This small, fast-moving, seven-inch-long fish only occurs in Hawai‘i and is rarely seen by divers. The juvenile female is red, black and white, and is usually seen on shallow reefs in groups of three or four.
They dart around so fast that it is almost impossible to take a clear picture of them. The males are super-rare to find because they live out in the deeper water, and they have a bright-orange-and-blue head. Hinalea is like most of the wrasse family, as they are all hatched out as female, then a few of them will convert into males as adults for the purpose of breeding.
It must have been confusing in old Hawai‘i for the fishermen to try and identify the small wrasse species because they could not watch them grow like us modern-day divers can. Most of the wrasse are one color when hatched, change colors as juveniles and change colors again as adults! With modern DNA testing we can tell which species is which, but in old Hawai‘i different names were often attached to different color patterns of the same species.
“Hinalea” is an important name, as it refers to this entire group of fish as female and connected to the cycles of the moon and spawning of the corals. The goddess Hina is the guardian of the coral reef, and in old Hawai‘i when a pregnant woman wanted a girl child she would eat a certain hinalea species, and when she wanted a boy child she would eat a different species! This just shows how connected the Hawaiian were to their marine environment!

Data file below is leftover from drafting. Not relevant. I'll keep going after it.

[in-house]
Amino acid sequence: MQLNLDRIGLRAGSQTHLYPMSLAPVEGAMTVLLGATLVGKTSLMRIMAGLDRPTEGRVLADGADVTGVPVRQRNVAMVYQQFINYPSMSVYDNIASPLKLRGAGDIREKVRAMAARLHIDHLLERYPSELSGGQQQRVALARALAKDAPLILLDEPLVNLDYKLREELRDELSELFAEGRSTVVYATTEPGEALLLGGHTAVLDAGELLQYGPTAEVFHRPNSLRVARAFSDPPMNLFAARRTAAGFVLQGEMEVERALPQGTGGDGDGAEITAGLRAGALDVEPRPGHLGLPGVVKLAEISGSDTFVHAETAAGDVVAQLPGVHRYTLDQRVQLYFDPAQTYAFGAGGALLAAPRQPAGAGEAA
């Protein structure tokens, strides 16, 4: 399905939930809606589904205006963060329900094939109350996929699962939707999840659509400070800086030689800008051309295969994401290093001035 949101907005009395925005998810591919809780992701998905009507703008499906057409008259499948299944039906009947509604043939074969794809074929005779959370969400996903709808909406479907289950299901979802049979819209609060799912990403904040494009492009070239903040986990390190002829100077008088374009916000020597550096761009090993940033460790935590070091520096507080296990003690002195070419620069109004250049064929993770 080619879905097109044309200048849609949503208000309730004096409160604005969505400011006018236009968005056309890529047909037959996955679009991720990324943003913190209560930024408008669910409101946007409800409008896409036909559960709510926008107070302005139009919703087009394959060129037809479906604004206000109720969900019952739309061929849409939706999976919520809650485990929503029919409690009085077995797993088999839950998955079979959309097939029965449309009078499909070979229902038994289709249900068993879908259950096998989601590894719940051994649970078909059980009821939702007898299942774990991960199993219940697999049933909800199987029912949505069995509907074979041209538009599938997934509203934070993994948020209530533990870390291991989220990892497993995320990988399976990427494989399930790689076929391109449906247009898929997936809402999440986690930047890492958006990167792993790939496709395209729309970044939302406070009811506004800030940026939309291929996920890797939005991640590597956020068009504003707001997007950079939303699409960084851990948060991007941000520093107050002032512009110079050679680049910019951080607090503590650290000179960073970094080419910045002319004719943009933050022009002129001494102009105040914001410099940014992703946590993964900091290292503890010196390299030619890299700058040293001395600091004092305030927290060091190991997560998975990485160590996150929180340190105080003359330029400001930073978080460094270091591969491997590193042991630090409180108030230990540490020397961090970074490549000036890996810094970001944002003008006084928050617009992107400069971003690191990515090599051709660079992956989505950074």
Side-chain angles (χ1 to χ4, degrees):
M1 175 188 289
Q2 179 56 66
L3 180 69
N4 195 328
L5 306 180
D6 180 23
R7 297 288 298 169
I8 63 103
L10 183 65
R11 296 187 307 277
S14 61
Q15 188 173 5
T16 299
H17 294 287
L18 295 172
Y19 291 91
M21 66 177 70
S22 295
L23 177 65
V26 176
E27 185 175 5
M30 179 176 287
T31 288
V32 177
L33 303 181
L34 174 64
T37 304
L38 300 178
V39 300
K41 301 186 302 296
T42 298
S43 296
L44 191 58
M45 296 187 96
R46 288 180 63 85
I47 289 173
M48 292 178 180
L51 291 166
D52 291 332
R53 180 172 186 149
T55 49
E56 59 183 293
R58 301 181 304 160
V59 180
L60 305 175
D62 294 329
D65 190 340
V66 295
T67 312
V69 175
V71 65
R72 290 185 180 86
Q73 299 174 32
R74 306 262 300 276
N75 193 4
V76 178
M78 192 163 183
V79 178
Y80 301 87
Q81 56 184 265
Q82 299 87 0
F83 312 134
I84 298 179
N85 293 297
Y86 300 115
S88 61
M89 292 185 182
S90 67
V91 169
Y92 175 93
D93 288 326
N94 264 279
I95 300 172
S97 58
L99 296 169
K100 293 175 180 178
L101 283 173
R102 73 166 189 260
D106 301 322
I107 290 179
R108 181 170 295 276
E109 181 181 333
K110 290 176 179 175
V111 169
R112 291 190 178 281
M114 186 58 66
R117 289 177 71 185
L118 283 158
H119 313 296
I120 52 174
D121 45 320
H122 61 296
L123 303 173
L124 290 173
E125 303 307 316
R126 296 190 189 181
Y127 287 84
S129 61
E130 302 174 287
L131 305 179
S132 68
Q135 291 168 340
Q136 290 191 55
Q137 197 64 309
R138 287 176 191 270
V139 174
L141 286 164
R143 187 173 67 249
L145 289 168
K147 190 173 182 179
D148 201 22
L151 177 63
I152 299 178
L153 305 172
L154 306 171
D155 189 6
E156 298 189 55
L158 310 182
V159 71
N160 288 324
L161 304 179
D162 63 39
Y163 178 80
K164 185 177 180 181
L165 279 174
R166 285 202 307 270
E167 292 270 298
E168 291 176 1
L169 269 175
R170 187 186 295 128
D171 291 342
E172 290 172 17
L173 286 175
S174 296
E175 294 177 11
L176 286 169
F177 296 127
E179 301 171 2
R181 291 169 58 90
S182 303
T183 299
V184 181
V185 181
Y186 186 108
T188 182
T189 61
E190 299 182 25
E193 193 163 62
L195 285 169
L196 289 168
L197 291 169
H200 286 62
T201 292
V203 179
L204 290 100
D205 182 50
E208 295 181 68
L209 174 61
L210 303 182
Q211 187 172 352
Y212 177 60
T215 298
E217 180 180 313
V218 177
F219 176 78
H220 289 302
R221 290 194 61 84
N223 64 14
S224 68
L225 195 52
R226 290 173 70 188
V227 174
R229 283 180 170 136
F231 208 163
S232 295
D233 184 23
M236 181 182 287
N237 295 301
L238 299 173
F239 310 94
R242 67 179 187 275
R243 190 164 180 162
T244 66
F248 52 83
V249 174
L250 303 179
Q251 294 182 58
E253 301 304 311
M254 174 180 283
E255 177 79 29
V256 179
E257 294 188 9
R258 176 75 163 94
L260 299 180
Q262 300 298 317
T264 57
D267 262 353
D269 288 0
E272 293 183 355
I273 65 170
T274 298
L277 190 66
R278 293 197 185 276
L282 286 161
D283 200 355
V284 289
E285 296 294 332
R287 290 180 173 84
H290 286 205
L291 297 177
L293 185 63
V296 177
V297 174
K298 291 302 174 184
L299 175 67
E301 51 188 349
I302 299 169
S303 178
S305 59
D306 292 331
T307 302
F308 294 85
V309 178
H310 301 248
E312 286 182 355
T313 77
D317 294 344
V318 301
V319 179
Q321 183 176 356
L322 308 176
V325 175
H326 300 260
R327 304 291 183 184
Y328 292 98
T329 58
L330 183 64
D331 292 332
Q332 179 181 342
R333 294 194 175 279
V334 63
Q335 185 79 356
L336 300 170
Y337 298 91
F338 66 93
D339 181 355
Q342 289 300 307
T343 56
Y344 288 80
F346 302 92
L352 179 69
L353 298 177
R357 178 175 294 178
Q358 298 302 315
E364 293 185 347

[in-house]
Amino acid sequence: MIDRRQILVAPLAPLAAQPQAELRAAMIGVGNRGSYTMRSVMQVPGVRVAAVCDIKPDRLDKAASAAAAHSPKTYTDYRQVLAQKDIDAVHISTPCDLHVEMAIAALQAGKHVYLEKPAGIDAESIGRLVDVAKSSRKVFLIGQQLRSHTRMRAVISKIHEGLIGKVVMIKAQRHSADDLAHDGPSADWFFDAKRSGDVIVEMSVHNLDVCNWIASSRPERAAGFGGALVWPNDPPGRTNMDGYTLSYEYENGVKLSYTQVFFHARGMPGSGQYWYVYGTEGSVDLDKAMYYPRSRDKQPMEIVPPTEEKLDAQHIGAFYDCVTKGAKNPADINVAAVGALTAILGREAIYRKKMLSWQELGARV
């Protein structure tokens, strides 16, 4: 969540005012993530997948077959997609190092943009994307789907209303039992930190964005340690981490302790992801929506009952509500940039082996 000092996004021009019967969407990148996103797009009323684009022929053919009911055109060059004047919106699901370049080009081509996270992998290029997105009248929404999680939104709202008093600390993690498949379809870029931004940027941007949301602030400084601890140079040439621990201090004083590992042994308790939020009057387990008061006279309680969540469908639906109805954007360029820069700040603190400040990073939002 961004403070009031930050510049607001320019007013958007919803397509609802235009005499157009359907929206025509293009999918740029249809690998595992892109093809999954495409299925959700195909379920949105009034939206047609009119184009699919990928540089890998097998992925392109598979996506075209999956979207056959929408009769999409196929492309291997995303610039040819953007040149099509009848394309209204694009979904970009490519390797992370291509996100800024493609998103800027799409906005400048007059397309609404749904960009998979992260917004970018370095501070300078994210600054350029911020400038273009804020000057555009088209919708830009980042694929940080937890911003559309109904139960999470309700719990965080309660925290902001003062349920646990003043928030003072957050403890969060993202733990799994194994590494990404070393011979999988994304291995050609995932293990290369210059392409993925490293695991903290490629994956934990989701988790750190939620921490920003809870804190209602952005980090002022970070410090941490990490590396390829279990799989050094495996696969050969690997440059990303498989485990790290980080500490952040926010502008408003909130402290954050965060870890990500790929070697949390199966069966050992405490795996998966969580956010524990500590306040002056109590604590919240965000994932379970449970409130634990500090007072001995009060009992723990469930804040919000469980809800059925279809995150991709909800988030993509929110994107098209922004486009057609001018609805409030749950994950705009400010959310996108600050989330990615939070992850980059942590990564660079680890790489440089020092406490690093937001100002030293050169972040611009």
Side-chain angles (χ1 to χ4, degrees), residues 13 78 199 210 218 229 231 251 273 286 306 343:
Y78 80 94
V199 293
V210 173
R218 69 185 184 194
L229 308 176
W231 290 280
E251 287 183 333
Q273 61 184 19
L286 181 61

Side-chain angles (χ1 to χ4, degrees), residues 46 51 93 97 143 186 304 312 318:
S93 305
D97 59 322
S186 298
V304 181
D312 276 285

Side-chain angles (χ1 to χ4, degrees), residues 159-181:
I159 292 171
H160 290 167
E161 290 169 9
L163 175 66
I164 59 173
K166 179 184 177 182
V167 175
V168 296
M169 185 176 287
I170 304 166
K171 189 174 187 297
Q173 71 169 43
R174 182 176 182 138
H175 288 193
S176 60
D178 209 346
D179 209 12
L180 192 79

The psychedelic wrasse feeds on small crustaceans, and their speed and agility keep them from becoming food for larger fish like the omilu or ulua.
These fish dart around so fast that you can get dizzy just trying to shoot a video of one.
I tried for hours to get a good picture of one of the hinalea, so I observed them turning over small rocks out on the sand to find shrimp under the rocks.
So I got an idea to do the same and I turned over a couple of small rocks without disturbing any coral, and sure enough the wrasse zoomed in to eat the critters from under the rock and I finally got a good video clip of them.
You can see all the Hawaiian wrasse species up on my underwater educational web page at www.underwater2web.com, and also check out our world wide marine life educational series posted on my YouTube at Underwater2web.
Terry Lilley is a marine biologist living in Hanalei. He is co-founder of Reef Guardians Hawai‘i, a nonprofit on a mission to provide education and resources to protect the coral reef. To donate to Reef Guardians Hawai‘i go to www.reefguardianshawaii.org.
Source: The Garden Island
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